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  1. We here it every day.............. "My Turbo has too much play"

     

    Turbochargers are expensive so its understandable that vehicle owners are worried about play in the Turbos shaft.  We have these queries raised not just on old used Turbos and reconditioned/ remanufactured and even BRAND NEW GENUINE UNITS!!

     

    Turbocharger design means that the rotor assembly (shaft and impellers) float on a layer of oil during operation for efficiency, to keep temperatures down (spinning in some cases over 250,000rpm causes a LOT of frictional heat) and to ensure minimal wear.  In order for this to happen, a clearance is required between bearing to shaft and in the case of a floating bearing set up between bearing to housing also.  Different manufacturers have different clearances especially in differing specifications of their Turbochargers from a radial clearance of less than 0.2mm to over 1.1mm radial in others.  When the engine is running and oil pressure is present, these clearances are filled with pressurised oil, removing the free play and ensuring there is no direct component contact whilst in operation.

    When you "have a wiggle" the unit is cold meaning all the components are in their smallest state and there is no oil in the vital clearance areas, let alone pressurised oil.  This can result in a scary amount of play to the novice.

     

    OE manufacturers and professional turbocharger reconditioners spend large amounts of time checking dimensions dimensions and clearances at multiple stages along the build procedure and wont sign off a job unless the final product is in tolerance.... It would be suicidal as the unit would not only perform poorly, but would last a short time indeed.

     

    Turbo Rebuild, being a professional Turbocharger reconditioner for many years have the knowledge and experience to ensure your new or reconditioned Turbocharger is to the correct specification and together with our calibration equipment can ensure it performs 100%.  We are not a "fitter" type company that buys complete Chinese inferior cartridges with no production history etc and simply bolts them in the old housings.  We in many cases build units from scratch from component form right through the balancing stage and finally the calibration stage and log all data for future reference.

     

    This video shows a Brand New Garrett GT1749V Turbocharger from the Audi/VW 140BHP BKD engines.  This unit is unused and is the Genuine item.  Just take a look at the video of the play found.  Garrett GT units tend to have quite tight clearances compared to other units and still, theres a lot of play!

  2. "You get what you pay for" is a well known saying and applies to many industries especially in the Turbo Reconditioning world.

     

    A Turbo Rebuild done on the "Cheap" can not only be a waste of time and money..... It can be dangerous.....VERY Dangerous.

     

    Over the years we have seen some shocking repairs done on the cheap and to "save a few quid"  This can include reusing worn and damaged compressor wheels and Turbine shafts and in some extreme cases reusing bearings and seals.  Reusing ANY part that has signs of wear or damage is a waste of time.  Take the Turbo compressor wheel for example. "Its only rubbed against the housing a little"...........  By reusing a compressor wheel that has come into contact with the housing, the Turbocharger will now have to work harder to pump the same air as before.  This is due to the excessive wheel to housing clearance.  Working harder to achieve the same result will mean a drastic increase in wear and the lifespan of your unit, as well as higher air charge temperatures and oil temperatures reducing MPG and power.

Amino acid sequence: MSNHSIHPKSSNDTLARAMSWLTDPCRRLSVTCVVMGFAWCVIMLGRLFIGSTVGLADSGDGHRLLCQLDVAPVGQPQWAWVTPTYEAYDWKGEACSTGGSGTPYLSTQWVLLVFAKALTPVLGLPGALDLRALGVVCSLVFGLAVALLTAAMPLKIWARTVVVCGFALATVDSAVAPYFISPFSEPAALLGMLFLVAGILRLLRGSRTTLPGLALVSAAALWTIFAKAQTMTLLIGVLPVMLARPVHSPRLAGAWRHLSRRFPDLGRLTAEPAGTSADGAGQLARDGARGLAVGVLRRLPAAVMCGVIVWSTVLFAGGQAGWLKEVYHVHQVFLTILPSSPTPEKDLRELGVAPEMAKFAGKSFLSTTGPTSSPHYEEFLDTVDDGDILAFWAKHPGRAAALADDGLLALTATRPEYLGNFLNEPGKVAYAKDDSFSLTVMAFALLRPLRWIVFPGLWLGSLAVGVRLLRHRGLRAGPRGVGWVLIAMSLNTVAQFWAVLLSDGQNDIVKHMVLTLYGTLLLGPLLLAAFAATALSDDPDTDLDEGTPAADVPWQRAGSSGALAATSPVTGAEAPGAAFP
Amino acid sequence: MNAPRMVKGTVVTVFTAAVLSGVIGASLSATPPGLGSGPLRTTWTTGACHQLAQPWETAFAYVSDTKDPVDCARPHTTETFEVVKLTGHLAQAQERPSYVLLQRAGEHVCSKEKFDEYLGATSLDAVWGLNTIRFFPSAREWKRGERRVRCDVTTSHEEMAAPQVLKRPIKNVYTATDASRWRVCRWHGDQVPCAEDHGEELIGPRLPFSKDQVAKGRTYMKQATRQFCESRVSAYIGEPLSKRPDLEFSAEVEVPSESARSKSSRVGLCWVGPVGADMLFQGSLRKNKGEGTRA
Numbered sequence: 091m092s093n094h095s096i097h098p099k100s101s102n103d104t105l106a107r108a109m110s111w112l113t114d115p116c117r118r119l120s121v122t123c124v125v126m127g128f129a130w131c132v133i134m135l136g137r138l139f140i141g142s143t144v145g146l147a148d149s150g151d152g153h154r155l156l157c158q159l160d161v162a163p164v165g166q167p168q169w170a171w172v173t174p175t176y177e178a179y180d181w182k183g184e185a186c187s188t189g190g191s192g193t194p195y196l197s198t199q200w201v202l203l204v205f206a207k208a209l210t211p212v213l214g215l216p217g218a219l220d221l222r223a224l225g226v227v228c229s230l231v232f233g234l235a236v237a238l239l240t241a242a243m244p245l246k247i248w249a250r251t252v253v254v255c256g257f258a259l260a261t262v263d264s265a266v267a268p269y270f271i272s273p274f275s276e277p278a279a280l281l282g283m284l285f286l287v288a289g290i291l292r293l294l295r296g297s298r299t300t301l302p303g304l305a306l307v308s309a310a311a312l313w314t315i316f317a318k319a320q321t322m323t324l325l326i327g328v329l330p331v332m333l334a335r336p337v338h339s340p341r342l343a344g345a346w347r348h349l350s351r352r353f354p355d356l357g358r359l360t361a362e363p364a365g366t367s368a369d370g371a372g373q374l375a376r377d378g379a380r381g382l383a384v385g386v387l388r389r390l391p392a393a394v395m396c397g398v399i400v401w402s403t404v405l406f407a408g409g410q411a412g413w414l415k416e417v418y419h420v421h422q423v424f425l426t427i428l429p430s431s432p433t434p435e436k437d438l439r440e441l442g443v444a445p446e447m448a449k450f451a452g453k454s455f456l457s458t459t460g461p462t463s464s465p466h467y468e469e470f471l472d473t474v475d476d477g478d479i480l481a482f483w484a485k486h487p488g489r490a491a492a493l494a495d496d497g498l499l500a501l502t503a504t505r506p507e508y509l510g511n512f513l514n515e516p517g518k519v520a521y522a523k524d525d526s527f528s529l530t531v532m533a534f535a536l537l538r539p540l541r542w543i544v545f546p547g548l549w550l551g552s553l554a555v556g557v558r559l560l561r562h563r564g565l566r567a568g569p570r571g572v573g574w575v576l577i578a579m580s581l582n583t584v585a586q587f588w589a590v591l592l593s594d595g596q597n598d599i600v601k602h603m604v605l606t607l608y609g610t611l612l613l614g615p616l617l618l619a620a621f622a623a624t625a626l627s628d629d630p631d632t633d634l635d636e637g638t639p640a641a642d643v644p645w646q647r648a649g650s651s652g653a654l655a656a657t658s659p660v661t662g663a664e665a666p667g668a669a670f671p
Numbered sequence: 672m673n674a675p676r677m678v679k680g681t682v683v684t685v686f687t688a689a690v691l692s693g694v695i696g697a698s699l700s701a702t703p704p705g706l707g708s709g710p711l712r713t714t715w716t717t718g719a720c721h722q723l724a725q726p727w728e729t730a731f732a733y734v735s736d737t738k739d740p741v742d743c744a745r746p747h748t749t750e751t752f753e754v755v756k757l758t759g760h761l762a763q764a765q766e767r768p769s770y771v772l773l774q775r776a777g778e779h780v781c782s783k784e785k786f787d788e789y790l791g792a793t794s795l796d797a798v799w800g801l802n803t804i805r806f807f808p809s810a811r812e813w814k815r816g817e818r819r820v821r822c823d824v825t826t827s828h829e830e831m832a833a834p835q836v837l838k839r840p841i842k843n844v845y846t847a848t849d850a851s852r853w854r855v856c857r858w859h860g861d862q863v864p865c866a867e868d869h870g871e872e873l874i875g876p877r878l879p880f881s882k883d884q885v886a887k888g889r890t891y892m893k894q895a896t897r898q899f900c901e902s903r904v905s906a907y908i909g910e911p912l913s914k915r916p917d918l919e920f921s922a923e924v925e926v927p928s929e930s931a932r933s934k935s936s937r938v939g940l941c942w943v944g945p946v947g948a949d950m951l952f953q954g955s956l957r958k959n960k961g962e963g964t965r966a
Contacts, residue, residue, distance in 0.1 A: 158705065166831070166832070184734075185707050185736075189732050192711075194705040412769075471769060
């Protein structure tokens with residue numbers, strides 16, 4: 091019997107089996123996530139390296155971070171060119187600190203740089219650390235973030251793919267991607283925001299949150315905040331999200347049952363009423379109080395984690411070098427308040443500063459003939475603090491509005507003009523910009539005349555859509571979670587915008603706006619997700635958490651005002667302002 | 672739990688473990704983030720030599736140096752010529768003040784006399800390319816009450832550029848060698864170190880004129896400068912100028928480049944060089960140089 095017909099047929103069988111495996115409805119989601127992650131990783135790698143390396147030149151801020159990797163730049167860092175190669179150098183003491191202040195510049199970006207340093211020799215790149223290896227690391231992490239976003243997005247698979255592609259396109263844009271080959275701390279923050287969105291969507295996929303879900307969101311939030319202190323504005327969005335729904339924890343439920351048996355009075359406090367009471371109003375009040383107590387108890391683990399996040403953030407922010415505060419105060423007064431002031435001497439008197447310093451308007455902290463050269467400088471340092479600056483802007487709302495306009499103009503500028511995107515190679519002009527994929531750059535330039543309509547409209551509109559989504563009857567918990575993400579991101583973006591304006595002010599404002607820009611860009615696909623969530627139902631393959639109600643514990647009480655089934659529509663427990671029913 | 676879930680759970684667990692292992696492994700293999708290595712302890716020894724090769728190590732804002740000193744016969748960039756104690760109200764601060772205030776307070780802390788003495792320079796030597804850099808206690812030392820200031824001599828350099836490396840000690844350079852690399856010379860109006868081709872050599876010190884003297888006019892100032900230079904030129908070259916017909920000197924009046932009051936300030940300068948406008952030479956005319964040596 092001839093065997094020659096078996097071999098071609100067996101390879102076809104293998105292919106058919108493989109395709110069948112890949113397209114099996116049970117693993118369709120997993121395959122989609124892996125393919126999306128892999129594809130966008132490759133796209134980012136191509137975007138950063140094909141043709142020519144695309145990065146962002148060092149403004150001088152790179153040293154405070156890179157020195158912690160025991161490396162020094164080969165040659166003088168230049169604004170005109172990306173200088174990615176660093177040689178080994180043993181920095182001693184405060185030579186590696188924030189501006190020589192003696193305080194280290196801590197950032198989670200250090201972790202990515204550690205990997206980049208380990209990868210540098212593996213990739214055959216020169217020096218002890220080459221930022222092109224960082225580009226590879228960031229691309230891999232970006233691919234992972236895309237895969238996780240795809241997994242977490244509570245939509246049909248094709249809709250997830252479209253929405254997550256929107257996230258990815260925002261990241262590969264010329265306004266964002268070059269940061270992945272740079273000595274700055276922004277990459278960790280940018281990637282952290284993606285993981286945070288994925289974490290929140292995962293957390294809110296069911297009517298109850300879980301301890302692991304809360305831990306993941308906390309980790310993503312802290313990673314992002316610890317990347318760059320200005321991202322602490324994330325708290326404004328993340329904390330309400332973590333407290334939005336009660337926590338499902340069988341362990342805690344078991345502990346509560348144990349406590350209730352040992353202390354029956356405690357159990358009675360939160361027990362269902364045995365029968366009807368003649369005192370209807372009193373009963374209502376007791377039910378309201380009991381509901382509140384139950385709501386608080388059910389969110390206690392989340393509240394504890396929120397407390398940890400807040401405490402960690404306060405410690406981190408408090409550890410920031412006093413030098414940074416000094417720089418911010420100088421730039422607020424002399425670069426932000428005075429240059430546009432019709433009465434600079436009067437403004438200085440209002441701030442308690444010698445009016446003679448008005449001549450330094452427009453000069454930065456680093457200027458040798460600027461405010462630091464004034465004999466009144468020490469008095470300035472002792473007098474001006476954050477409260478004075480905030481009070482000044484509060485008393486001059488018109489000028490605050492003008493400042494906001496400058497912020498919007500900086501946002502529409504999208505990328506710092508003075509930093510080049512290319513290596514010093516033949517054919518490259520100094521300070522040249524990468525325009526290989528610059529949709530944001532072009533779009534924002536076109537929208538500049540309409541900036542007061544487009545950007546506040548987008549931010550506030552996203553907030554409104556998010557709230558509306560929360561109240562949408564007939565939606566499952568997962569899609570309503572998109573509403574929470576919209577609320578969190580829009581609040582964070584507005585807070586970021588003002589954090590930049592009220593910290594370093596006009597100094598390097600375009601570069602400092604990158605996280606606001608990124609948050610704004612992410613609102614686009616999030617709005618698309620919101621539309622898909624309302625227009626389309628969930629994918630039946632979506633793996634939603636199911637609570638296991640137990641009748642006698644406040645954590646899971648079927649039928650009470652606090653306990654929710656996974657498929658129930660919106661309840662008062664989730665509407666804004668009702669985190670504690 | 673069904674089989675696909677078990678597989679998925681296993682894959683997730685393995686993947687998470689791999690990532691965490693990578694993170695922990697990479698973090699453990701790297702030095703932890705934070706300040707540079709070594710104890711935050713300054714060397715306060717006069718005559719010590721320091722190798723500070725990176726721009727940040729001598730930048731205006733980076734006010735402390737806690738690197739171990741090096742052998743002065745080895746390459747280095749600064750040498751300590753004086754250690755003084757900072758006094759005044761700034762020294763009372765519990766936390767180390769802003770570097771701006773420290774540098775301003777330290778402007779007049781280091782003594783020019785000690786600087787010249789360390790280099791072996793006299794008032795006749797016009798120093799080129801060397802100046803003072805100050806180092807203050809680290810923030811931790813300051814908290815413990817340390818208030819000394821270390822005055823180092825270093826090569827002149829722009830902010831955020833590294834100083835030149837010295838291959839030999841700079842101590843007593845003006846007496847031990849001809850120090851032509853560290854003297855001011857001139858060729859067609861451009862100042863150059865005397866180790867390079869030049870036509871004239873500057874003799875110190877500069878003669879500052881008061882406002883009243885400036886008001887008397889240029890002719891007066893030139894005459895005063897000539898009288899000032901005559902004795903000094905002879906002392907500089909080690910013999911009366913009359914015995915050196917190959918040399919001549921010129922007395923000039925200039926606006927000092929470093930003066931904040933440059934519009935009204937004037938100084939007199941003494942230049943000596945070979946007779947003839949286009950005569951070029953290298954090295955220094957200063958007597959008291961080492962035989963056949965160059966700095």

A Turbo part that can be dangerous to reuse especially in Turbo Diesel applications is the front oil seal and Seal Plate.  As diesel engine runs on refined oil, any oil leaking from the turbo can cause a "Run away" situation.  This is where the vehicle runs on the oil leaking from the Turbo and begins to rev.  The higher the engine revs, the more it sucks the oil through the Turbo.  Turning the engine off will not help as you are simply stopping the fuel entering the engine, but its not the fuel the engines running on! 

    If you are quick (and brave) you can stop whats about to happen by either stalling the engine by choosing a high gear (5th) and with the hand brake applied and foot on the foot brake release the clutch sharply (This will only work on a manual) or the scary option............ Pop the bonnet, pull off the air filter and push clothing or similar into the air intake pipework to stop air getting into the engine.  If you manage to do this we salute you as its pretty god damn scary attempting it.  Otherwise, get well clear and watch as your leaking Turbo results in a engine failure or in some cases a write off of the whole car if it catches fire.

     

     

    At Turbo Rebuild we:-

    NEVER reuse bearings and seals

    NEVER reuse a worn seal plate (infact in any rebuilds we now replace as a matter of course)

    NEVER allow a Turbo to leave our workshop unless it has passed testing

    ALWAYS supply vital cleaning instructions for boost pipework.

     

    DON'T TAKE THE RISK "BECAUSE ITS CHEAP!